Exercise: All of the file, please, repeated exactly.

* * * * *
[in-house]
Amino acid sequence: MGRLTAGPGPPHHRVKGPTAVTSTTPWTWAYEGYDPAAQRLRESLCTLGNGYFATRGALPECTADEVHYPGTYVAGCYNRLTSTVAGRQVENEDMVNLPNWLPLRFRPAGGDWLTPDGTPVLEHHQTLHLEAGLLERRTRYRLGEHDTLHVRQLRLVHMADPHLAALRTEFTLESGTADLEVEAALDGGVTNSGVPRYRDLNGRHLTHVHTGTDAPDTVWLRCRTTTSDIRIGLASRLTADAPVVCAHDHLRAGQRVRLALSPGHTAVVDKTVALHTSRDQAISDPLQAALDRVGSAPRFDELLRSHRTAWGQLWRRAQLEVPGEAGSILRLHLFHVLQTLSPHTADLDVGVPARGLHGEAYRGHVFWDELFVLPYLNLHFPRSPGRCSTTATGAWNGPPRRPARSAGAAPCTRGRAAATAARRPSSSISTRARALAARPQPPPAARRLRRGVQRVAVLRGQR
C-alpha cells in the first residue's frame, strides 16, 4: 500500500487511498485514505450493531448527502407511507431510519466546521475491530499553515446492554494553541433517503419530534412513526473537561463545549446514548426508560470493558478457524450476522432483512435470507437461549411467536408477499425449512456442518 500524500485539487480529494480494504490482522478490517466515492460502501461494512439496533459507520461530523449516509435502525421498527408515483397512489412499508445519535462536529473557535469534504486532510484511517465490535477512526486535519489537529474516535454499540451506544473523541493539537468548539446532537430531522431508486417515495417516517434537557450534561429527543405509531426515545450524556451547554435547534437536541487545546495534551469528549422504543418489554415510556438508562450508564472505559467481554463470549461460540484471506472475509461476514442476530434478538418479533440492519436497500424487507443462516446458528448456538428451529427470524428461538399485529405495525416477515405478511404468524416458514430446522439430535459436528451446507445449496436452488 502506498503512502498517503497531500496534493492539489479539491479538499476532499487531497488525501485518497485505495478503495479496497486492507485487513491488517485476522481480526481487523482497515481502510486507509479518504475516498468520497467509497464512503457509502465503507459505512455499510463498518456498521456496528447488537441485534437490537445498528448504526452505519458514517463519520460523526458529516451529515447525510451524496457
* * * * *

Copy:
[in-house]
Amino acid sequence: MGRLTAGPGPPHHRVKGPTAVTSTTPWTWAYEGYDPAAQRLRESLCTLGNGYFATRGALPECTADEVHYPGTYVAGCYNRLTSTVAGRQVENEDMVNLPNWLPLRFRPAGGDWLTPDGTPVLEHHQTLHLEAGLLERRTRYRLGEHDTLHVRQLRLVHMADPHLAALRTEFTLESGTADLEVEAALDGGVTNSGVPRYRDLNGRHLTHVHTGTDAPDTVWLRCRTTTSDIRIGLASRLTADAPVVCAHDHLRAGQRVRLALSPGHTAVVDKTVALHTSRDQAISDPLQAALDRVGSAPRFDELLRSHRTAWGQLWRRAQLEVPGEAGSILRLHLFHVLQTLSPHTADLDVGVPARGLHGEAYRGHVFWDELFVLPYLNLHFPRSPGRCSTTATGAWNGPPRRPARSAGAAPCTRGRAAATAARRPSSSISTRARALAARPQPPPAARRLRRGVQRVAVLRGQR
C-alpha cells in the first residue's frame, strides 16, 4: 500500500487511498485514505450493531448527502407511507431510519466546521475491530499553515446492554494553541433517503419530534412513526473537561463545549446514548426508560470493558478457524450476522432483512435470507437461549411467536408477499425449512456442518 500524500485539487480529494480494504490482522478490517466515492460502501461494512439496533459507520461530523449516509435502525421498527408515483397512489412499508445519535462536529473557535469534504486532510484511517465490535477512526486535519489537529474516535454499540451506544473523541493539537468548539446532537430531522431508486417515495417516517434537557450534561429527543405509531426515545450524556451547554435547534437536541487545546495534551469528549422504543418489554415510556438508562450508564472505559467481554463470549461460540484471506472475509461476514442476530434478538418479533440492519436497500424487507443462516446458528448456538428451529427470524428461538399485529405495525416477515405478511404468524416458514430446522439430535459436528451446507445449496436452488 502506498503512502498517503497531500496534493492539489479539491479538499476532499487531497488525501485518497485505495478503495479496497486492507485487513491488517485476522481480526481487523482497515481502510486507509479518504475516498468520497467509497464512503457509502465503507459505512455499510463498518456498521456496528447488537441485534437490537445498528448504526452505519458514517463519520460523526458529516451529515447525510451524496457